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In two short years, a reform movement led by ex-generals has transformed a junta-run backwater into Asia’s new investment attraction. But there's a catch. Yangon is no ready-made Shanghai. Long neglected, the country's infrastructure leaves much to be desired. And many of the resources that make Myanmar so compelling in the first place lie in the jungle under the careful watch of guerrilla fighters. Still, the companies have come, and the money is flowing. Cue the gold rush. GlobalPost's Patrick Winn investigates.
As sanctions subside, a broken nation revels in the limelight and seeks foreign businesses to help it cash in.
YANGON, Myanmar — In a dimly lit ballroom, Myanmar’s investment czar gushed about his nation’s dazzling future to a congregation of foreign investors. Each had paid $1,500 to hear the government’s big pitch: Long an economic basket case, Myanmar is now an investment gold mine.
“Myanmar is no longer a pariah,” declared Kyaw Zaw Maung, head of the nation’s Directorate of Investment and Company Administration. His PowerPoint sermon hit the high points: The country is squeezed between behemoth markets India and China and blessed with oil and gems. Most important, it's ending its long chapter of despotism.
He reminded investors about Hillary Clinton's recent, game-changing declaration: After 15 years of heavy sanctions, Americans are now urged to do business in Myanmar. Kyaw Zaw Maung’s slideshow clicked over to a photo of the US secretary of state grinning and holding a wine glass aloft.
The bureaucrat had arrived at his punchline. “The Myanmar people,” he said, “want to taste her American wine!”
In two short years, a reform movement led by ex-generals has transformed a junta-run backwater into Asia’s new investment attraction.
Most American or European business deals in the country, formerly called Burma, would have triggered criminal charges just months ago. Now they're encouraged by Clinton and her counterparts in London, Berlin, Tokyo and beyond.
A celebration has commenced in the country’s halls of power.
“Hillary was kind enough to tell them to start investing, to start looking at Myanmar. This releases the No. 1 headache,” said Moe Kyaw, a Yangon-based marketing magnate and presidential advisor. “So we are really open for business, OK? You don’t have to wait. Please, do business here.”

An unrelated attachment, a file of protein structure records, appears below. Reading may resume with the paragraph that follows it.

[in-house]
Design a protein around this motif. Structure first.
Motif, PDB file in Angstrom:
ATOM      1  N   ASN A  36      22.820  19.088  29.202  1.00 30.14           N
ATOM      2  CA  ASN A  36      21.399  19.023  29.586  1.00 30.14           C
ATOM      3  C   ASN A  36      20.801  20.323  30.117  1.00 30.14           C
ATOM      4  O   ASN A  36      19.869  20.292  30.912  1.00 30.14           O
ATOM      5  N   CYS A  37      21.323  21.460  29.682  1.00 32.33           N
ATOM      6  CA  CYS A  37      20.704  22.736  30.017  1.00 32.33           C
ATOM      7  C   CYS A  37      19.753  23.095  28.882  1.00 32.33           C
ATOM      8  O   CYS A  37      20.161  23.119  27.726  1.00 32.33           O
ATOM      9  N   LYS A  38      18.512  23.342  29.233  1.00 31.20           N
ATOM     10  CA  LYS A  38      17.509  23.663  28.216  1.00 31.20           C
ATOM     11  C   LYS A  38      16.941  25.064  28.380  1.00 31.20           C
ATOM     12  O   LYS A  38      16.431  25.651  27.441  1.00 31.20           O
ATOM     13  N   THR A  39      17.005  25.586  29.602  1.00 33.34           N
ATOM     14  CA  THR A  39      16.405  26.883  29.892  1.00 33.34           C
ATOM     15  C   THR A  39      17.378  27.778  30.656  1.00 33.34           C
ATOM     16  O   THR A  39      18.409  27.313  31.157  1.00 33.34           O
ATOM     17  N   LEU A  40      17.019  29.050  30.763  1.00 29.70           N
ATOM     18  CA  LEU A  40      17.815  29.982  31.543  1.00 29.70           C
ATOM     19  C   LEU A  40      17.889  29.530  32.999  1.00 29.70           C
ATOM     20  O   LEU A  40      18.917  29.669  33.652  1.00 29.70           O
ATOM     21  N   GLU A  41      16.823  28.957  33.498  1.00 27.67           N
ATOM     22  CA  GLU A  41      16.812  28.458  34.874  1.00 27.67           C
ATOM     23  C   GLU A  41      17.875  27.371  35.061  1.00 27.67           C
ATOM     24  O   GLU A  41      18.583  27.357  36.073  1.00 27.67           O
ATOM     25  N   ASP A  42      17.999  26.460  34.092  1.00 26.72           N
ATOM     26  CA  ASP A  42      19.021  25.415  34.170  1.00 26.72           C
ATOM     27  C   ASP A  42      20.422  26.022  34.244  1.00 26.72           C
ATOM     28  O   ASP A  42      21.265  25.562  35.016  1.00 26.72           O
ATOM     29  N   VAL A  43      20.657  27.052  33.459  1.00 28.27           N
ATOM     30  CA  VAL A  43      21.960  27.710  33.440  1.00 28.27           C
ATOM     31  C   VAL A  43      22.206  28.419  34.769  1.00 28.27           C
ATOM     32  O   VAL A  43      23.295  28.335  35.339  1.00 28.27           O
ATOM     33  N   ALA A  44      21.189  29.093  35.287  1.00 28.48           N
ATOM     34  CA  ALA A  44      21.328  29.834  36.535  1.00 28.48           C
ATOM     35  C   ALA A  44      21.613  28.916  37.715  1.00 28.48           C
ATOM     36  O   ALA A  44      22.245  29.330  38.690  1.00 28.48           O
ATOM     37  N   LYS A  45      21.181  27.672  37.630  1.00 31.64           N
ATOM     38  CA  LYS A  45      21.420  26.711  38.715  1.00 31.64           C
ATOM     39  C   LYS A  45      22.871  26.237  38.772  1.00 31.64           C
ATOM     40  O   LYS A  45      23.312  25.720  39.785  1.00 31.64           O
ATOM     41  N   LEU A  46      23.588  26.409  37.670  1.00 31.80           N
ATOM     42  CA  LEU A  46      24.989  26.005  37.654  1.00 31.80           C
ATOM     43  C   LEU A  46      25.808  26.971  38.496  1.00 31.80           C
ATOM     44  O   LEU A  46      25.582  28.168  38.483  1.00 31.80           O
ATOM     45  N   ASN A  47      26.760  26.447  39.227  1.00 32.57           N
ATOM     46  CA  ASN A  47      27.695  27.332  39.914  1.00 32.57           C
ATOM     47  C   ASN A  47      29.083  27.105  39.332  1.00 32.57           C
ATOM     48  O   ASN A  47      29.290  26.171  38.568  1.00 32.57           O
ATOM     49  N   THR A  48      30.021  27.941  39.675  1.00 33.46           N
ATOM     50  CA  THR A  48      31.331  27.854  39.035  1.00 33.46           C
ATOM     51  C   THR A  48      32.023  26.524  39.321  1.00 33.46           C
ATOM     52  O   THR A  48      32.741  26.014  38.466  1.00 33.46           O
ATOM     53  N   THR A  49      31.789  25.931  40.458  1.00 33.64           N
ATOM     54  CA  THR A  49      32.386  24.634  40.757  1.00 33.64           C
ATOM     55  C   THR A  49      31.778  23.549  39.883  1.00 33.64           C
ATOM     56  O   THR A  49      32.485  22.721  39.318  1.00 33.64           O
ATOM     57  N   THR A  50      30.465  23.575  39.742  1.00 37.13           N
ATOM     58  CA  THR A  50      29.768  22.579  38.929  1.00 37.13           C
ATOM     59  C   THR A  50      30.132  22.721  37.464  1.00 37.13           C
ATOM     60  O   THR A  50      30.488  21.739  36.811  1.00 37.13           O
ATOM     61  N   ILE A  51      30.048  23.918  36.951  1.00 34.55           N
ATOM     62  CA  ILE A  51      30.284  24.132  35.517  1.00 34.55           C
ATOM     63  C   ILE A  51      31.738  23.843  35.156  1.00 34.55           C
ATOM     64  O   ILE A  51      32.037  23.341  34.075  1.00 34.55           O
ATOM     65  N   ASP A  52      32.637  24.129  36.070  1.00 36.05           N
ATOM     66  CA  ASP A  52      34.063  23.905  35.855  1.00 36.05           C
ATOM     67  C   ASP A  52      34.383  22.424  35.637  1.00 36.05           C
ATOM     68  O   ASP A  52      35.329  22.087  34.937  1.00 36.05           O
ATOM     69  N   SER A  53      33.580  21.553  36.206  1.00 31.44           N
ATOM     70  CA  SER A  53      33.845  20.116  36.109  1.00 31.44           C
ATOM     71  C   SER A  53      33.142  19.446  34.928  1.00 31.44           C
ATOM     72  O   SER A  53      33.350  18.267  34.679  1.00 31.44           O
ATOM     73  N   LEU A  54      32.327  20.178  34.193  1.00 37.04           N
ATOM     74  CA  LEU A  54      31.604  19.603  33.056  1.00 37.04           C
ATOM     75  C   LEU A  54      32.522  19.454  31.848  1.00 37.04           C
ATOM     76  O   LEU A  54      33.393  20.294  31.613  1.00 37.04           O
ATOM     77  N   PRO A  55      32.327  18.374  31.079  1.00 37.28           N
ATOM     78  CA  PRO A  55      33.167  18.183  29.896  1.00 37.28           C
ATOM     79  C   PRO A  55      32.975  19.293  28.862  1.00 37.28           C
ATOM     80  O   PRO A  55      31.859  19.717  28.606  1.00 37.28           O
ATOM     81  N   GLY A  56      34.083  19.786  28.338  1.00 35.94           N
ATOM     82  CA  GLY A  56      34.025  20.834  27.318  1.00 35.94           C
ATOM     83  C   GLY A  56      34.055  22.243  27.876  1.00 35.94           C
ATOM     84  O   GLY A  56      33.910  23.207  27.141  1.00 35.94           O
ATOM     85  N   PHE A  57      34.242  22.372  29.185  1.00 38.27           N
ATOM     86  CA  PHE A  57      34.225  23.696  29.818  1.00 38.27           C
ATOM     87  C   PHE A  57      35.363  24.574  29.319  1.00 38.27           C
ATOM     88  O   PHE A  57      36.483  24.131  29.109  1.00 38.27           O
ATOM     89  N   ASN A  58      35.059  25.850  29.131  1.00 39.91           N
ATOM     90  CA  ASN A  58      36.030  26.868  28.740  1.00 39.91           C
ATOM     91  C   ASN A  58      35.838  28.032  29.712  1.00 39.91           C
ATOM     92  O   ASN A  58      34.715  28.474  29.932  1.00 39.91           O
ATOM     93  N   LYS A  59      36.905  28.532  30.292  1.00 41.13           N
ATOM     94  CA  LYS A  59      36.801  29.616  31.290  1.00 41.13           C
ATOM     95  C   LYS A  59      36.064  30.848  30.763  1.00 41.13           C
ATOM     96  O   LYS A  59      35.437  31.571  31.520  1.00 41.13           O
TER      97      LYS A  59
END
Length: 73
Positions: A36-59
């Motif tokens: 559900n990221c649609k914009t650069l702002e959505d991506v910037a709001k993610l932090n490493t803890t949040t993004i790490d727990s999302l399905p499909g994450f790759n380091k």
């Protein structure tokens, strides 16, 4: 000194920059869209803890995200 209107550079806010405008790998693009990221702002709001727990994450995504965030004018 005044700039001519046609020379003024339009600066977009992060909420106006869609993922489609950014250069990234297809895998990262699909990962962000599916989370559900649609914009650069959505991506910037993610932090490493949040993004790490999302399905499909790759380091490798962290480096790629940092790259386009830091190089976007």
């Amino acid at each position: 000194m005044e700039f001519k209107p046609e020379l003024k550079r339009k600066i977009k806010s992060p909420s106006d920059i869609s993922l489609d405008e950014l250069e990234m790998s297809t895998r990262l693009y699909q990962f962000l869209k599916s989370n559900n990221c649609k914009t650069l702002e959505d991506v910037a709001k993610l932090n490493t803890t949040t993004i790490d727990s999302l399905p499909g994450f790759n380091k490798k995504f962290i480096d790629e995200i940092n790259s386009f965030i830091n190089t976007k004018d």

After 15 years inside a sanctions cage triggered by a response to brutal suppression of ethnic groups and pro-democracy dissidents, Myanmar is brimming with business to do. The government is aggressively showcasing the gems in its hills, the eager workforce in its cities and the natural gas buried offshore.
The president, an ex-general named Thein Sein, has proclaimed that foreign investment and know-how will help yank Myanmar out of the darkness. In a June national address, he declared a new national goal: tripling per capita GDP to $3,600 by 2016.
That goal is far-fetched, but these are heady days, especially in Yangon, Myanmar’s commercial capital, where starry optimism is replacing decades of despair.
Most political prisoners are free from their gulags. Leaders are relaxing top-down controls on commerce, as well as police state tactics that urge citizens to rat out unpatriotic neighbors.
To prolong this honeymoon phase, once-reclusive bureaucrats are working as pitchmen.
A series of “New Myanmar” summits, arranged by a Singaporean events agency, puts paying investors face to face with the officials who can authorize their projects. One such conference in late June attracted Indian tea farmers, Canadian mining firm Ivanhoe and US conglomerates General Electric and Dow Chemical. Along with hundreds of other firms, they were implored to stop fidgeting and start investing.
“The changes are happening right now,” said Ken Tun, CEO of Parami Energy, a Myanmar-based consortium that erects gas pipelines, explores oil fields and even manages a gold course.
“As a businessman, if you wait until 2015, then I really don’t know what opportunity will be left for you,” he said. “The genie will not go back into the bottle.”
There is surely substance behind the excitement over Myanmar, a country equal parts broken and beautiful. Still unknown is whether foreign capital will bring sweeping benefits to its people, who have persevered through five decades of oppression, neglect and war.
Myanmar’s economy has been stunted by military rulers who have sprinkled less then 2 percent of GDP on schools while pouring billions into their armed forces. But broke schools and heavy censorship have somehow failed to blunt the former British colony’s intellectual streak. The United Nations puts the country’s literacy rate at 92 percent, a figure that bests India, South Africa and Brazil.
And they will work for a pittance: $80 per month for laborers, and $350 per month for chief accountants, according to an analysis by Alessio Polastri, a Yangon-based commercial consultant and co-founder of the P&A Asia law firm. “English is pretty popular here,” he said. “The salaries are relatively low. And Burmese people are notoriously hard workers.”
Bewhiskered and blessed with a wild black pompadour, Soe Thein